We can see the backside of this system on radar and the frontal boundary currently moving through Western Kentucky...

Notice about a 10 degree drop over a short distance, but behind that, temps tail off a little more gently.


As everything continues to slide off to the east, I believe the snow/rain line will be around the I65 corridor by 8pm-ish.  Afternoon commute and early evening traffic will certainly be fine.  The question will be does cold air and any lagging moisture overlap.  That is more likely to our east, as already mentioned.  Obviously, overnight with no solar action on pavement, it won't take a lot of precip to create slick spots, which lends to the concern for the Thursday morning commute.


Bottom line, not a major event, but a pesky one that may cause a few delays/cancellations for Thursday morning.  NWS hasn't really said a lot about issuing an advisory, but I can see that happening for late tonight east of I65 and south of the BG Parkway corridor.  Their map basically indicates a 50% chance of 1" total snow for that area.


Highs on Thursday will be mid-30s and there may be a few snow showers for Thursday evening through the state.


Saturday morning may feature light snow, especially on the northern section of the region.  More to come on weekend possibilities.









2pm – Saturday, January 19th,

Quick take on tonight/Sunday…


Main points for tonight's anticipated winter weather...  Most of us will be fine through this evening.  If you are in the northern/western half of the region, this evening may be problematic, but for most folks it's going to be 9pm or later for those south and east before any real issues on roads.  Here is an anticipated road impacts map:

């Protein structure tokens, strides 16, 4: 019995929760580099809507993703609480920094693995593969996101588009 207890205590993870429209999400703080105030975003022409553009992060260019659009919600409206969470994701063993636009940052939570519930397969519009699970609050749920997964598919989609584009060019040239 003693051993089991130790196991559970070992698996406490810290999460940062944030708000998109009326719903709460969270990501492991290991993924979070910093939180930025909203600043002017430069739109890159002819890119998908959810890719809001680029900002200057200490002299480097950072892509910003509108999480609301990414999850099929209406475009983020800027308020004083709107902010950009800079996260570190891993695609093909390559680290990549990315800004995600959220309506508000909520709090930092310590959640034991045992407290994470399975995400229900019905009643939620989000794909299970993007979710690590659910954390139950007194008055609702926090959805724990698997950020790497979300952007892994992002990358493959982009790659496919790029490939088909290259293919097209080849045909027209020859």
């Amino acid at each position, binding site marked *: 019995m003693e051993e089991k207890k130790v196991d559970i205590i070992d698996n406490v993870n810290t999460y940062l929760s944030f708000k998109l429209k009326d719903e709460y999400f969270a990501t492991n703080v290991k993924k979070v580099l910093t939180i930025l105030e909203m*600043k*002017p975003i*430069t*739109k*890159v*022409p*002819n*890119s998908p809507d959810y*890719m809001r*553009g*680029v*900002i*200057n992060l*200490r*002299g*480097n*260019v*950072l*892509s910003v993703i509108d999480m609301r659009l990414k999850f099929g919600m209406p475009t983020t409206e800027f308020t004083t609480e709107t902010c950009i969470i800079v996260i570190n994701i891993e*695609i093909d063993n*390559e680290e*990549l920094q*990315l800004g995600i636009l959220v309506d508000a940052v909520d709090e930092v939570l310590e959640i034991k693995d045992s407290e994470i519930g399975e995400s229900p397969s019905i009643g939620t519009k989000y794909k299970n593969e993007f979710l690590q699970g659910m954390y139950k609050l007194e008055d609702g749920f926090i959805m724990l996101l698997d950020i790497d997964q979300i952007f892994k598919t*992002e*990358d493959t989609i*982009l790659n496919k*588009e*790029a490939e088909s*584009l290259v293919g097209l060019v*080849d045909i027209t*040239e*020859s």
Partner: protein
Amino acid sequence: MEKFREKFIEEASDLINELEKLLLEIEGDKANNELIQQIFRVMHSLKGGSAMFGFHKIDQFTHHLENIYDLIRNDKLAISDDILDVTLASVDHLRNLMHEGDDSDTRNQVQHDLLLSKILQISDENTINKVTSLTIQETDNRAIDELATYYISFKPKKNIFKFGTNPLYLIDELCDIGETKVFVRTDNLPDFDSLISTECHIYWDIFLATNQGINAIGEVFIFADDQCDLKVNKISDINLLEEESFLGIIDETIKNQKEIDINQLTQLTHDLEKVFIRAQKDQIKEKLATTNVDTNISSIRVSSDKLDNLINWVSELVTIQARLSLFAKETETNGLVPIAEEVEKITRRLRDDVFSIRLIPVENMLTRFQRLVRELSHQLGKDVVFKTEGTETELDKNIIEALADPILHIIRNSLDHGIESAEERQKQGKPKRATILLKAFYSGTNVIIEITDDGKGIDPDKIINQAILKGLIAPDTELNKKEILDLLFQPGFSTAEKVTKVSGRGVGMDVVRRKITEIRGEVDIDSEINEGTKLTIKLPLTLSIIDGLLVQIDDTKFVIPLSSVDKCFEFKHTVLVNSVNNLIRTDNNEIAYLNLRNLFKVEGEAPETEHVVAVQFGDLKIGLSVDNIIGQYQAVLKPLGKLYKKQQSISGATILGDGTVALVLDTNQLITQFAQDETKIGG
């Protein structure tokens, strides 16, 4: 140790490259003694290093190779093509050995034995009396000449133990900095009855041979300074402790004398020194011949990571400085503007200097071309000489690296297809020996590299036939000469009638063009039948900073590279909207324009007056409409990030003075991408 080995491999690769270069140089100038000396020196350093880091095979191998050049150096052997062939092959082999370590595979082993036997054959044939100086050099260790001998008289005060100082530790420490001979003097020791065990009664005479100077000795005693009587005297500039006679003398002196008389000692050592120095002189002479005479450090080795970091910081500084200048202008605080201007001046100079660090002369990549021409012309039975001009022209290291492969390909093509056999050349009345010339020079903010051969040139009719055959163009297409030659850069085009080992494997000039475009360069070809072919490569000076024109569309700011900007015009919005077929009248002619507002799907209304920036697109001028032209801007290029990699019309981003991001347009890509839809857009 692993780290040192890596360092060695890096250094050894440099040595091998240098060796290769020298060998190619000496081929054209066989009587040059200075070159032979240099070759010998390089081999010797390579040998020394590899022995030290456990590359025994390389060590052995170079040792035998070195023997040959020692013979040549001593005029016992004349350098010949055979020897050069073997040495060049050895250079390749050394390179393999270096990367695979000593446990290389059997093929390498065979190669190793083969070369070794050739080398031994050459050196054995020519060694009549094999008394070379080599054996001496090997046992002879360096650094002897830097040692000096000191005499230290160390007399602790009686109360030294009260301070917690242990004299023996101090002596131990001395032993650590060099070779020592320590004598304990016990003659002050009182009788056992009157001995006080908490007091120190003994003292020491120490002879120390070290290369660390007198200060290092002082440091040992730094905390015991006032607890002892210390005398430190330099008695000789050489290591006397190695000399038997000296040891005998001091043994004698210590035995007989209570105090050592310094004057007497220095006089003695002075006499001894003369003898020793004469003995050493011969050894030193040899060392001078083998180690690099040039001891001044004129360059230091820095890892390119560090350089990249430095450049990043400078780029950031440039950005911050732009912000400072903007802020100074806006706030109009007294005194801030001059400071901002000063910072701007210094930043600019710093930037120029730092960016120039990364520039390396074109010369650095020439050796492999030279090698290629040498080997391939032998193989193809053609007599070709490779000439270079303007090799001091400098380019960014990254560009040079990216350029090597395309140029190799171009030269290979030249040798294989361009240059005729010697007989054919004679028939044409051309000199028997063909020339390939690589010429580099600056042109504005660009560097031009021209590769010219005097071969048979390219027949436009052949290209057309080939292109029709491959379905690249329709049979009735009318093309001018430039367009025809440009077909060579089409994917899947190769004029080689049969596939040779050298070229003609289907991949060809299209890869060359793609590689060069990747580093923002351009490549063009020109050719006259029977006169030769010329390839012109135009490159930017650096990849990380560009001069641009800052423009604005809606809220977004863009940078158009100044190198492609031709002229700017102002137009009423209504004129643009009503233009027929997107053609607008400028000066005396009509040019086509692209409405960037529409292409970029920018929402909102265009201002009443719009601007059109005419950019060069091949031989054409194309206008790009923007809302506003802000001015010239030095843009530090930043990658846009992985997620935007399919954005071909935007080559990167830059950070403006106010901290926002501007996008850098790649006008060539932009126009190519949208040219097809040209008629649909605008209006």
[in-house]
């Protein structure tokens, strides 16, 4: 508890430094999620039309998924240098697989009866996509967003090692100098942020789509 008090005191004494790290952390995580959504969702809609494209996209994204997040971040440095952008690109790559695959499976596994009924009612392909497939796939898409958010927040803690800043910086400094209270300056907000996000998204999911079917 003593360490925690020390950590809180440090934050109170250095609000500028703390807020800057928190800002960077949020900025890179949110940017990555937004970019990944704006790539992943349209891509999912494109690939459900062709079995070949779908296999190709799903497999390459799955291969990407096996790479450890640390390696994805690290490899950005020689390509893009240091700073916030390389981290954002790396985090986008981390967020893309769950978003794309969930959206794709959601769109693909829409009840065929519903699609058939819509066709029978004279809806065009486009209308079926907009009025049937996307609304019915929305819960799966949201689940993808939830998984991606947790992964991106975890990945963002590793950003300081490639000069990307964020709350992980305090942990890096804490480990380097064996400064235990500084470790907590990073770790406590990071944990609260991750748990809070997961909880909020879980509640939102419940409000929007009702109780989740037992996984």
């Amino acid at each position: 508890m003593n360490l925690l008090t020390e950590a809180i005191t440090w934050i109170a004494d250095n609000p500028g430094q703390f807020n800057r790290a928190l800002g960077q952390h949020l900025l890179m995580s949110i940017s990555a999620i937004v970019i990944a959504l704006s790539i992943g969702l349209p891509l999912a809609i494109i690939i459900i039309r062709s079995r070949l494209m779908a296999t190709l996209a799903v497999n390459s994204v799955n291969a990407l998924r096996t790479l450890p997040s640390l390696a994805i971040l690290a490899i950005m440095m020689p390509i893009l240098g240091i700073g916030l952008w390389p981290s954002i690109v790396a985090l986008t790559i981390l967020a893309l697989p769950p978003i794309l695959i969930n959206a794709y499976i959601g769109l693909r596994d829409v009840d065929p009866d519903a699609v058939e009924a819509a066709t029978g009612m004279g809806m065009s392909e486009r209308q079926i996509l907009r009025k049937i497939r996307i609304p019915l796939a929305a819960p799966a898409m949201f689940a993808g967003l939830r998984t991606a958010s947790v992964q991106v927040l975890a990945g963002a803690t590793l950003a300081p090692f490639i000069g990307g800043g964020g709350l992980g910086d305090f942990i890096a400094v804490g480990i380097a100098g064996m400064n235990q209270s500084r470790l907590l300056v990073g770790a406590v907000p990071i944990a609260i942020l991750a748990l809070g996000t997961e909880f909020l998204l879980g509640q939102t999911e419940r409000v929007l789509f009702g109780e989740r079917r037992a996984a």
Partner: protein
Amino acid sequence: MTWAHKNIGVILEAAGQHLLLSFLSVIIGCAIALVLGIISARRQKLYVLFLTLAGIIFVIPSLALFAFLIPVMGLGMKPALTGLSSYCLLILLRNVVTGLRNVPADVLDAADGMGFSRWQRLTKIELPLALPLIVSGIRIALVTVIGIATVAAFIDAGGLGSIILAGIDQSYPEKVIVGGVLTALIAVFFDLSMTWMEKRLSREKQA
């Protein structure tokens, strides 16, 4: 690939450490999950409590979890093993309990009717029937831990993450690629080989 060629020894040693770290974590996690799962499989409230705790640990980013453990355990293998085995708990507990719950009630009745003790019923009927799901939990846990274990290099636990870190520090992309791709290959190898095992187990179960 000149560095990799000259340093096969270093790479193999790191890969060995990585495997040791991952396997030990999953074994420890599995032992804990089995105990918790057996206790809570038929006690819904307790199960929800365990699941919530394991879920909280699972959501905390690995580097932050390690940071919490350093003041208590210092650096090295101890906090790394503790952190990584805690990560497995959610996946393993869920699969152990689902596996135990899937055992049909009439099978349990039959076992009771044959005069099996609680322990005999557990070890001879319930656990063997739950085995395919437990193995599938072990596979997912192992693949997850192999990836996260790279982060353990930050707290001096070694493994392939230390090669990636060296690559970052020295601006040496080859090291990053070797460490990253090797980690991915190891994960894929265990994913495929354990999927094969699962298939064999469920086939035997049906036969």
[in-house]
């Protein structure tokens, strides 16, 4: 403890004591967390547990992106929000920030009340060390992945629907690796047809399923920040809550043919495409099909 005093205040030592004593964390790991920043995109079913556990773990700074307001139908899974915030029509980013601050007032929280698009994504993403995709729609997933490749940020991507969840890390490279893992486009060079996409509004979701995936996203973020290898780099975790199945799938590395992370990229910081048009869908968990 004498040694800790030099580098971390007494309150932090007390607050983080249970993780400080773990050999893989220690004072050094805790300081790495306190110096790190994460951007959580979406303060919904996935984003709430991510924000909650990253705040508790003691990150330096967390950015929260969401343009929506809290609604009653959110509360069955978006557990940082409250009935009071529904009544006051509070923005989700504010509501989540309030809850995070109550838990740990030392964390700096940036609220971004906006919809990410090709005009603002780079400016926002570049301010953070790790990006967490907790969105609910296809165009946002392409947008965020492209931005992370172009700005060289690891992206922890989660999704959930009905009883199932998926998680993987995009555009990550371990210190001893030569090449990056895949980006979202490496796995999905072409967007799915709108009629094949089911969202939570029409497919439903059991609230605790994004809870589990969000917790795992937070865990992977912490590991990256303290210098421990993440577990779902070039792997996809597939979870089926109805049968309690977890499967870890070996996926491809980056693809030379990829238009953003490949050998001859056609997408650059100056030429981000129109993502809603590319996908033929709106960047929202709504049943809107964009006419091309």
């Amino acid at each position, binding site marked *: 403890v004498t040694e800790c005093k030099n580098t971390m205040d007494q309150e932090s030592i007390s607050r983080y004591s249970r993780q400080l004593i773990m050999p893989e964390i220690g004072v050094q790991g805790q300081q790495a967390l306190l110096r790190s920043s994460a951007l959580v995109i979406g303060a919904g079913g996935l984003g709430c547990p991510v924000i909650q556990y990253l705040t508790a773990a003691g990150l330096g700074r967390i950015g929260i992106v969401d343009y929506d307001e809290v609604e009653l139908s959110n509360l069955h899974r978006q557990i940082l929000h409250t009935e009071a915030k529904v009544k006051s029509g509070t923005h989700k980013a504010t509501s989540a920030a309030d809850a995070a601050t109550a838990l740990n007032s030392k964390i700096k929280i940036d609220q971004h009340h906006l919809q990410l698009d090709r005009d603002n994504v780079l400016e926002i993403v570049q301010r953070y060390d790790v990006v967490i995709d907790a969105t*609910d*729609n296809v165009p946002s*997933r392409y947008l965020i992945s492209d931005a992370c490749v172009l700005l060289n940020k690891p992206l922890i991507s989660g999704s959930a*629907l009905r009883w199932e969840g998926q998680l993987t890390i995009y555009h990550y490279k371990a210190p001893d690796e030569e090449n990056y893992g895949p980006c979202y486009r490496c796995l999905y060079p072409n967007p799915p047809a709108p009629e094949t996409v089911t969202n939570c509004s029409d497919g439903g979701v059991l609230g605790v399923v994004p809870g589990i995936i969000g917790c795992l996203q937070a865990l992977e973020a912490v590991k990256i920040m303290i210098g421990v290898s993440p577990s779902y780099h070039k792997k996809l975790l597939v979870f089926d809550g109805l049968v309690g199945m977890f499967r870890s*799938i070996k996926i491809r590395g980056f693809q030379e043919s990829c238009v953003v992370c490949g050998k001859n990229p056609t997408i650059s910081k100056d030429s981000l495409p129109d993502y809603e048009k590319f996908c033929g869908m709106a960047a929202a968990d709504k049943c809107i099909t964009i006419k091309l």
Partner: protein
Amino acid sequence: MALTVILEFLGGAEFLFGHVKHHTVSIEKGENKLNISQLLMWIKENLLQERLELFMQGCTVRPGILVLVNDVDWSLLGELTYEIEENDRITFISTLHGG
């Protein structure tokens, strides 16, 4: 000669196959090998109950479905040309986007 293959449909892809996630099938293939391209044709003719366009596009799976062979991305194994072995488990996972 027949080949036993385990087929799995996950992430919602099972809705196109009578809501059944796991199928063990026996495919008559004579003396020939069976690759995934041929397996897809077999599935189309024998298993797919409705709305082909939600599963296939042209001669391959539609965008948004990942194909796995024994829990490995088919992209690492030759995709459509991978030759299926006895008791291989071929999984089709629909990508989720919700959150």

Even with the timeline above, the problem will begin because of snow rates... temps aloft are colder.  Snow will fall but surface temps will be slower to equalize. Snow rates may be impressive with the changeover, meaning it will coat the roads even though temps are just above freezing.  This is hard for road crews, because with high snow rates, a treated/plowed road is back in bad shape quickly.


Please take a second to look at the temp forecast before we move on.  This if for Etown, a central location.  I believe this may be accelerated slightly because of cold air forcing upper atmosphere to lower atmosphere.  Temp is red line, dew point is green line and wind chill is blue line.


Temps north and west of Etown will crash harder and earlier.  Temps south and east of Etown will crash later.


So, again I think south of Bluegrass Parkway and east of I65 should be good for ballgames and for other activities.  It will be folks Etown, west and north that would really be concerned about this evening.


On the backside, temps will get cold. AND... winds will be brisk.  Wind chills will be single digit in the morning.  Salt will become less effective and road crews will be forced to use quite a bit of calcium for treatment.


Parking lots, driveways and walkways will be slick.


Overall, here is the snow expectation, as released by NWS, Louisville... it represents a pretty good consensus.





-Early evening impacts north of WK/BG parkways.

-Snow rates will be difficult for road crews to keep up with even though temps crash afterwards.

-Event will only last 2-3 hours for heavy precip.

-Cold/windy on the backside with refreezing.

-Slick parking/driveways/walks.